How her voice rang out, when the wheels sounded at last, and the carriage, somewhat slowly driven, stopped!

“Mamma, mamma! see what I’ve got for you, mamma!”

Auntie tried to step from the carriage, and called me: “Mary, can you help me a little? I am—tired.”

I went to her, and she leaned heavily on my arm, and we came up the path.

“Such a pretty little chain, all for you, mamma,” began Faith, and stopped, struck by her mother’s look.

“It has been a long ride, and I am in pain. I believe I will lie right down on the parlor sofa. Mary, would you be kind enough to give Faith her supper and put her to bed?”

Faith’s lip grieved.

“Cousin Mary isn’t you, mamma. I want to be kissed. You haven’t kissed me.”

Her mother hesitated for a moment; then kissed her once, twice; put both arms about her neck; and turned her face to the wall without a word.

“Mamma is tired, dear,” I said; “come away.”

She was lying quite still when I had done what was to be done for the child, and had come back. The room was nearly dark. I sat down on my cricket by her sofa.

“Shall Phœbe light the lamp?”

“Not just yet.”

“Can’t you drink a cup of tea if I bring it?”

“Not just yet.”

“Did you find the sack-trimming?” I ventured, after a pause.

“I believe so,—yes.”

She drew a little package from her pocket, held it a moment, then let it roll to the floor forgotten. When I picked it up, the soft, tissue-paper wrapper was wet and hot with tears.



“I never thought of the little trimming till the last minute. I had another errand.”

I waited.

“I thought at first I would not tell you just yet. But I suppose the time has come; it will be no more easy to put it off. I have been to Worcester all these times to see a doctor.”

I bent my head in the dark, and listened for the rest.

“He has his reputation; they said he could help me if anybody could. He thought at first he could. But to-day—Mary, see here.”

She walked feebly towards the window, where a faint, gray light struggled in, and opened the bosom of her dress....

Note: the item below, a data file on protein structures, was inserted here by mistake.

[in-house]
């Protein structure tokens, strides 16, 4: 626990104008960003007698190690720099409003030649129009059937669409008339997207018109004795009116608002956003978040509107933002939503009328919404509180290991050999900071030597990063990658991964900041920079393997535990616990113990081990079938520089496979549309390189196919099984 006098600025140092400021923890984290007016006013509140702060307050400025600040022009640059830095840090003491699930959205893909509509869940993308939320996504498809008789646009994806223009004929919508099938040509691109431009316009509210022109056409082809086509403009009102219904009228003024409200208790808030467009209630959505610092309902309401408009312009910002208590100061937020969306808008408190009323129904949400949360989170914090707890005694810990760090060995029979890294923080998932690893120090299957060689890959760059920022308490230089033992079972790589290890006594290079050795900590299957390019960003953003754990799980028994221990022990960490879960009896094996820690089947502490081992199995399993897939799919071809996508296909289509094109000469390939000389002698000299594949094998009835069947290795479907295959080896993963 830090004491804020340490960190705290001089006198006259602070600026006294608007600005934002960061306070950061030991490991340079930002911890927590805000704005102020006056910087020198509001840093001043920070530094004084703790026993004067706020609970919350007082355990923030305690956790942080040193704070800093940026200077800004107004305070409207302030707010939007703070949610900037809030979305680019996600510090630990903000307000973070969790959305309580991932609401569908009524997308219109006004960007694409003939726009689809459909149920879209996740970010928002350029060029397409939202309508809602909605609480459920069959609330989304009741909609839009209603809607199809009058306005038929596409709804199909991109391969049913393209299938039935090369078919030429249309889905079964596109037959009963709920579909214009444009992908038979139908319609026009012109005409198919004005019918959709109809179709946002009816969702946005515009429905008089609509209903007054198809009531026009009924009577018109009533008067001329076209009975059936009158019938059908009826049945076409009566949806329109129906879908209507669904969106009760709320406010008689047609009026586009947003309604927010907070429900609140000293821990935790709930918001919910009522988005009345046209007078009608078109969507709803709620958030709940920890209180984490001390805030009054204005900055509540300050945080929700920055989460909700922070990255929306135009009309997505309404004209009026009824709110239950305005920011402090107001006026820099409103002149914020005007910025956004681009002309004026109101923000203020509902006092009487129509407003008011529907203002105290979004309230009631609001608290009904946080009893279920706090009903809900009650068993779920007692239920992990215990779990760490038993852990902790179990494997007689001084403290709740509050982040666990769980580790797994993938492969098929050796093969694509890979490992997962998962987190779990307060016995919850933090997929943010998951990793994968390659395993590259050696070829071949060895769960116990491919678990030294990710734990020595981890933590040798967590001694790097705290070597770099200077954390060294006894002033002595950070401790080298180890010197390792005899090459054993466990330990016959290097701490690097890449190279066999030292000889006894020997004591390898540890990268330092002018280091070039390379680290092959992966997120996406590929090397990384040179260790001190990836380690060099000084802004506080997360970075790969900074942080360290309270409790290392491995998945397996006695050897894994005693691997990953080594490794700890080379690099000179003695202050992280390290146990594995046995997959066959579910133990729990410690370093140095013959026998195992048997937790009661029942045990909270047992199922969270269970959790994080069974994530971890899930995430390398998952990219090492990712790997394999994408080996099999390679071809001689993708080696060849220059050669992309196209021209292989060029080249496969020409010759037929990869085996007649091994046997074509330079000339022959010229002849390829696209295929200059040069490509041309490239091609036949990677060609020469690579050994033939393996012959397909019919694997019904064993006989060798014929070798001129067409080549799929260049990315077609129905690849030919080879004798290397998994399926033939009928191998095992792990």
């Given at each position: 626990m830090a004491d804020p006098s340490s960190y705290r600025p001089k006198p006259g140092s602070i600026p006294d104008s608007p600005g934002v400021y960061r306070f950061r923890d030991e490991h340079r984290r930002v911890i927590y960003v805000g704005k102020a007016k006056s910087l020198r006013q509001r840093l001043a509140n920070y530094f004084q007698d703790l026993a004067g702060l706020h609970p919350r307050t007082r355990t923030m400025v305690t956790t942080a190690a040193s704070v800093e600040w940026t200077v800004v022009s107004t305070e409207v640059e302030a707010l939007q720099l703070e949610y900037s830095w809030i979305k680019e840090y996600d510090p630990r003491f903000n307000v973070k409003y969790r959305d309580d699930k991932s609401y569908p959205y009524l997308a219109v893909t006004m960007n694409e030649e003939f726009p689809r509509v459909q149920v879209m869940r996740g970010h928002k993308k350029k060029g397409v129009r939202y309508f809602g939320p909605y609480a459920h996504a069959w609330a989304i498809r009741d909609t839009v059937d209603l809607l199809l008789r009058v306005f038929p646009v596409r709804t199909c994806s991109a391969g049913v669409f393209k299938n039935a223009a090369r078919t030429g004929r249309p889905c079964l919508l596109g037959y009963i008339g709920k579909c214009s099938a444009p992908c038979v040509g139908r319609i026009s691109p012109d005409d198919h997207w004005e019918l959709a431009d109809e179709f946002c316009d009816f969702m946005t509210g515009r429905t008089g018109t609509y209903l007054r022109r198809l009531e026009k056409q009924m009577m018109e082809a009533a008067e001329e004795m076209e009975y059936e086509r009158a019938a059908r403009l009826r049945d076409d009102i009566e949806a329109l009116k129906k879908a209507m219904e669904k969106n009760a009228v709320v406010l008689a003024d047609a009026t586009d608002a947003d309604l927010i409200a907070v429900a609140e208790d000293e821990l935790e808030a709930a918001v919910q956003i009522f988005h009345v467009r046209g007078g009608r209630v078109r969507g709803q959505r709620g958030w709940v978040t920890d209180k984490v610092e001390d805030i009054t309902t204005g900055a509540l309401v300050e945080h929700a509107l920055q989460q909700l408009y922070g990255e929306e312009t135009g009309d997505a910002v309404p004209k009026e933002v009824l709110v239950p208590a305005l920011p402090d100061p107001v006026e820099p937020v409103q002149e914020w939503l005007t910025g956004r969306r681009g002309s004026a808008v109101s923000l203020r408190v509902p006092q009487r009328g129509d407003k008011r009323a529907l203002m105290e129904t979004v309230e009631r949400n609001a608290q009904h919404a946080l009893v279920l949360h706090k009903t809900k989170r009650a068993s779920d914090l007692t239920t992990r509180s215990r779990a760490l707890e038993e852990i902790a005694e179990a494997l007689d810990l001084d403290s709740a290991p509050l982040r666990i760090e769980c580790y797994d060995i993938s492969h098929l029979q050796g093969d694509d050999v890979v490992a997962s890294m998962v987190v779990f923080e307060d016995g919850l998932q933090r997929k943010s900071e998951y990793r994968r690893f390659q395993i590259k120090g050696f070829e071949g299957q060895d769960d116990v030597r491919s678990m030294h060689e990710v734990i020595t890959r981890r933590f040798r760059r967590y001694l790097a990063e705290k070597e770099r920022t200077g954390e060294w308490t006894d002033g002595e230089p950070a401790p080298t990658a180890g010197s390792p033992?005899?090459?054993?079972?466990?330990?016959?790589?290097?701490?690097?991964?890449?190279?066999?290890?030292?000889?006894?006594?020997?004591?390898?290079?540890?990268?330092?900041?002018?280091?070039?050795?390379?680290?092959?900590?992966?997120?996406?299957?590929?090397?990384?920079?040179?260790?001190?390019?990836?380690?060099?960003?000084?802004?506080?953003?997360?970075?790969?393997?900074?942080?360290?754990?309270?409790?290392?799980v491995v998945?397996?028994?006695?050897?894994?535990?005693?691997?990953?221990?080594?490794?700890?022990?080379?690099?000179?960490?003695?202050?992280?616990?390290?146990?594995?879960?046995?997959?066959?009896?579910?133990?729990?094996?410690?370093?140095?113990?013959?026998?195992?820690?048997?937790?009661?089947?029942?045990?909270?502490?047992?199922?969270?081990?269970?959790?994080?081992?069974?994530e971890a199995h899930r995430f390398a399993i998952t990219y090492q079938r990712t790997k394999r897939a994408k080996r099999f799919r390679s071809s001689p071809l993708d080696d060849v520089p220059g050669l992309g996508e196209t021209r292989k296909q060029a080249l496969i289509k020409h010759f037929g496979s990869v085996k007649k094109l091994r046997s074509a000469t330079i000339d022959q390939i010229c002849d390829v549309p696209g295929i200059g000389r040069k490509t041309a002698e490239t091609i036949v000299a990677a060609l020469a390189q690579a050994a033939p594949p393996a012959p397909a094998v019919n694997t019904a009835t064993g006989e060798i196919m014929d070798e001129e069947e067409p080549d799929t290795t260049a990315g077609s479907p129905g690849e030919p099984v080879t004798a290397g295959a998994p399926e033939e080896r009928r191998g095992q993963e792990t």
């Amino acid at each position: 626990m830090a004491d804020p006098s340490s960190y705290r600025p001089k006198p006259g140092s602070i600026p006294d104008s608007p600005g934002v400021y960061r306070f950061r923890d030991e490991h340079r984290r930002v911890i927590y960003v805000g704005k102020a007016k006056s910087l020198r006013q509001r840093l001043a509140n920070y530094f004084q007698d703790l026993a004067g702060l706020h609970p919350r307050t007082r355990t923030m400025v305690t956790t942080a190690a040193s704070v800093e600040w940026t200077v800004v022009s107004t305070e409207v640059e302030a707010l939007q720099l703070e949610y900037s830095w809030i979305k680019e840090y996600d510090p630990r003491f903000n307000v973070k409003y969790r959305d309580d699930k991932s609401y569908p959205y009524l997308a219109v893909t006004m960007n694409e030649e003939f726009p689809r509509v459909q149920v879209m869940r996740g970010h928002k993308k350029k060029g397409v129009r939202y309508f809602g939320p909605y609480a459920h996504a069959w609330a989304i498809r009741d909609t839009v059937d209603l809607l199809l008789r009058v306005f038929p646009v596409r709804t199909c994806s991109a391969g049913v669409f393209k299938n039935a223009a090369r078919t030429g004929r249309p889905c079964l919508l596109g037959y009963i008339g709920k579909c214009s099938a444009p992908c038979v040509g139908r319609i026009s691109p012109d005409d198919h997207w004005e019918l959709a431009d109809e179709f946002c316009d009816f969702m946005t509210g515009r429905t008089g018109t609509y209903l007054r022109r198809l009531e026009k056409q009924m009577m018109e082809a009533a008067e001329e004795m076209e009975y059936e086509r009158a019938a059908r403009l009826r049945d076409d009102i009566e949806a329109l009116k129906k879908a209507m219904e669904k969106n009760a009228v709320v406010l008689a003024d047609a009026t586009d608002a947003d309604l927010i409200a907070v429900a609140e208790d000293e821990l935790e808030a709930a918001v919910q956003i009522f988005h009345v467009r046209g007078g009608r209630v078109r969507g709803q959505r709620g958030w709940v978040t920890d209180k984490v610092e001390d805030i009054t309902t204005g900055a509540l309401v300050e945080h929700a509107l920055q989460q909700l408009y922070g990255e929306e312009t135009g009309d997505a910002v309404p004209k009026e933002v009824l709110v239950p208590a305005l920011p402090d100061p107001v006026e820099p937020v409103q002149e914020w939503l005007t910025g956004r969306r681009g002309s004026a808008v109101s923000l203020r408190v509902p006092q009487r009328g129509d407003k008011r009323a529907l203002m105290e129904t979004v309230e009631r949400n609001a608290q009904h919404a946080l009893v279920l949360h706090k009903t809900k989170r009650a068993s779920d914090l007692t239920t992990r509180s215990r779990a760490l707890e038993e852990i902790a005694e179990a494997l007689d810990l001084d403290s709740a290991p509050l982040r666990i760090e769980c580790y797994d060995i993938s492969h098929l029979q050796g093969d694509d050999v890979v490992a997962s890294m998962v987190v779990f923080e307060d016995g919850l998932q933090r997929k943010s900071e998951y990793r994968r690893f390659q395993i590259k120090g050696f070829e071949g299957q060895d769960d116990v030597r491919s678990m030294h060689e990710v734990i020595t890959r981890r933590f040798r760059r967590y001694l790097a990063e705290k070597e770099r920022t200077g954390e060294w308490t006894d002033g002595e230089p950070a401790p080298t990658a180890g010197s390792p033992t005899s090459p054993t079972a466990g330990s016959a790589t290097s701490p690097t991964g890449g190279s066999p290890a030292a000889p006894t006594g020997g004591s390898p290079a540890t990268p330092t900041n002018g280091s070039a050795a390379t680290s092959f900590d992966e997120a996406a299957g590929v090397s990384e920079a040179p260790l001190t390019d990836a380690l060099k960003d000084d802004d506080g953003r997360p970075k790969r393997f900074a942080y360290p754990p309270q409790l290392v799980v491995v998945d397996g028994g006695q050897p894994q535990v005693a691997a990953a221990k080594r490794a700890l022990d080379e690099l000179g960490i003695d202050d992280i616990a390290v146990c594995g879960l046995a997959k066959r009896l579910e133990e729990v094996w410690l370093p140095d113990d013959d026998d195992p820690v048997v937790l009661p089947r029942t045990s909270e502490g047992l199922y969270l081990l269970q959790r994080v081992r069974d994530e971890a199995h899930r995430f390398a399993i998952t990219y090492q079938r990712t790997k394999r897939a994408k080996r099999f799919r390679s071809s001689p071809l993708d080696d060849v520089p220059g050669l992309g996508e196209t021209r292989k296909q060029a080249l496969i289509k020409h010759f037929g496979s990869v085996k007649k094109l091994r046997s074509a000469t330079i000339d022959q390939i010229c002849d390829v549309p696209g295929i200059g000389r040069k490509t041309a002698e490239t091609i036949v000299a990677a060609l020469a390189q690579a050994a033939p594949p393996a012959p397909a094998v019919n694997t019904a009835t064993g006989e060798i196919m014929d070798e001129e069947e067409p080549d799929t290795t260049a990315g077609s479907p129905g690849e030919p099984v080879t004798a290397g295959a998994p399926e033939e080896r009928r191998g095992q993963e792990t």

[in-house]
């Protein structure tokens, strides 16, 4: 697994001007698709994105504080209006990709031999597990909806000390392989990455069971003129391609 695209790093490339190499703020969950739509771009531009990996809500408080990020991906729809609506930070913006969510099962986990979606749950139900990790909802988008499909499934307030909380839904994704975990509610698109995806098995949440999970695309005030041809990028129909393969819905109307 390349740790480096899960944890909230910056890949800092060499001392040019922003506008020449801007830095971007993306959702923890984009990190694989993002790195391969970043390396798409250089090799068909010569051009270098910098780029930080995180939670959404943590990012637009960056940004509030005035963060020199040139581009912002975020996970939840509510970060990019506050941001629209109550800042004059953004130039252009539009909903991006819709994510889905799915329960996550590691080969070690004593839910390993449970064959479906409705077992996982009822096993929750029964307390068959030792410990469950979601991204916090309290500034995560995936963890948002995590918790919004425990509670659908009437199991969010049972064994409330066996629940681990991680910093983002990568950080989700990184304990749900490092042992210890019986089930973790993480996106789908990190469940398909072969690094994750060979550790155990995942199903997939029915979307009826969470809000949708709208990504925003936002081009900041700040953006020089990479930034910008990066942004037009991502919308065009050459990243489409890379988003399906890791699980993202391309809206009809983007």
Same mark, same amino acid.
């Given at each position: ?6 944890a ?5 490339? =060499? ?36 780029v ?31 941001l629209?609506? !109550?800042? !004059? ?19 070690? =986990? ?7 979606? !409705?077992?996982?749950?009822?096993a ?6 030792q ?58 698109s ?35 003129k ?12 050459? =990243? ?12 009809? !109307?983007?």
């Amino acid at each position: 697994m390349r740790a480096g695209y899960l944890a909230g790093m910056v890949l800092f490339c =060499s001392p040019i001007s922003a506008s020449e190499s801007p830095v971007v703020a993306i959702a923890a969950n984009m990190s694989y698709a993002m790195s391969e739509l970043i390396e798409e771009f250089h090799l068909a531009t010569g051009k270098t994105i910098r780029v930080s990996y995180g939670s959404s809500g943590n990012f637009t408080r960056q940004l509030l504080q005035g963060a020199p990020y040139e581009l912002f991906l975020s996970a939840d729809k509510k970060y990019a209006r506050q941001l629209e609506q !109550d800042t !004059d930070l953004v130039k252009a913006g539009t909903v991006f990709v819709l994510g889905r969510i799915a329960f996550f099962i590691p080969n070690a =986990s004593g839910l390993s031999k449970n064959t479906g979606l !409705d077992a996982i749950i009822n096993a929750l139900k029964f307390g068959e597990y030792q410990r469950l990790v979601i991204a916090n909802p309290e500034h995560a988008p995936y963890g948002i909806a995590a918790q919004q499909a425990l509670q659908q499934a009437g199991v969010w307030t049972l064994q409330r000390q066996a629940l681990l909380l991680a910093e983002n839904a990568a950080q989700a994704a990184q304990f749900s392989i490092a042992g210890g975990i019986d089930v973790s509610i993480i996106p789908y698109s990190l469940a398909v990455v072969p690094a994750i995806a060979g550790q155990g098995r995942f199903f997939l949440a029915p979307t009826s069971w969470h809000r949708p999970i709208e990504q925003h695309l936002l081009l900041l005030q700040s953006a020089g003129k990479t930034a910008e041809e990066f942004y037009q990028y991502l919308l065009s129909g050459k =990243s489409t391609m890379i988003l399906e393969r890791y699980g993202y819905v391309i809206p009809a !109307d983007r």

There was silence between us for a long while after that; she went back to the sofa, and I took her hand and bowed my face over it, and so we sat.

The leaves rustled out of doors. Faith, up stairs, was singing herself to sleep with a droning sound.

“He talked of risking an operation,” she said, at length, “but decided to-day that it was quite useless. I suppose I must give up and be sick now; I am feeling the reaction from having kept up so long. He thinks I shall not suffer a very great deal. He thinks he can relieve me, and that it may be soon over.”

“There is no chance?”

“No chance.”

I took both of her hands, and cried out, I believe, as I did that first night when she spoke to me of Roy,—“Auntie, Auntie, Auntie!” and tried to think what I was doing, but only cried out the more.

“Why, Mary!” she said,—“why, Mary!” and again, as before, she passed her soft hand to and fro across my hair, till by and by I began to think, as I had thought before, that I could bear anything which God who loved us all—who surely loved us all—should send.

So then, after I had grown still, she began to tell me about it in her quiet voice, and the leaves rustled, and Faith had sung herself to sleep, and I listened wondering. For there was no pain in the quiet voice,—no pain, nor tone of fear. Indeed, it seemed to me that I detected, through its subdued sadness, a secret, suppressed buoyancy of satisfaction, with which something struggled.

“And you?” I asked, turning quickly upon her.

“I should thank God with all my heart, Mary, if it were not for Faith and you. But it is for Faith and you. That’s all.”

When I had locked the front door, and was creeping up here to my room, my foot crushed something, and a faint, wounded perfume came up. It was the little pink and purple chain.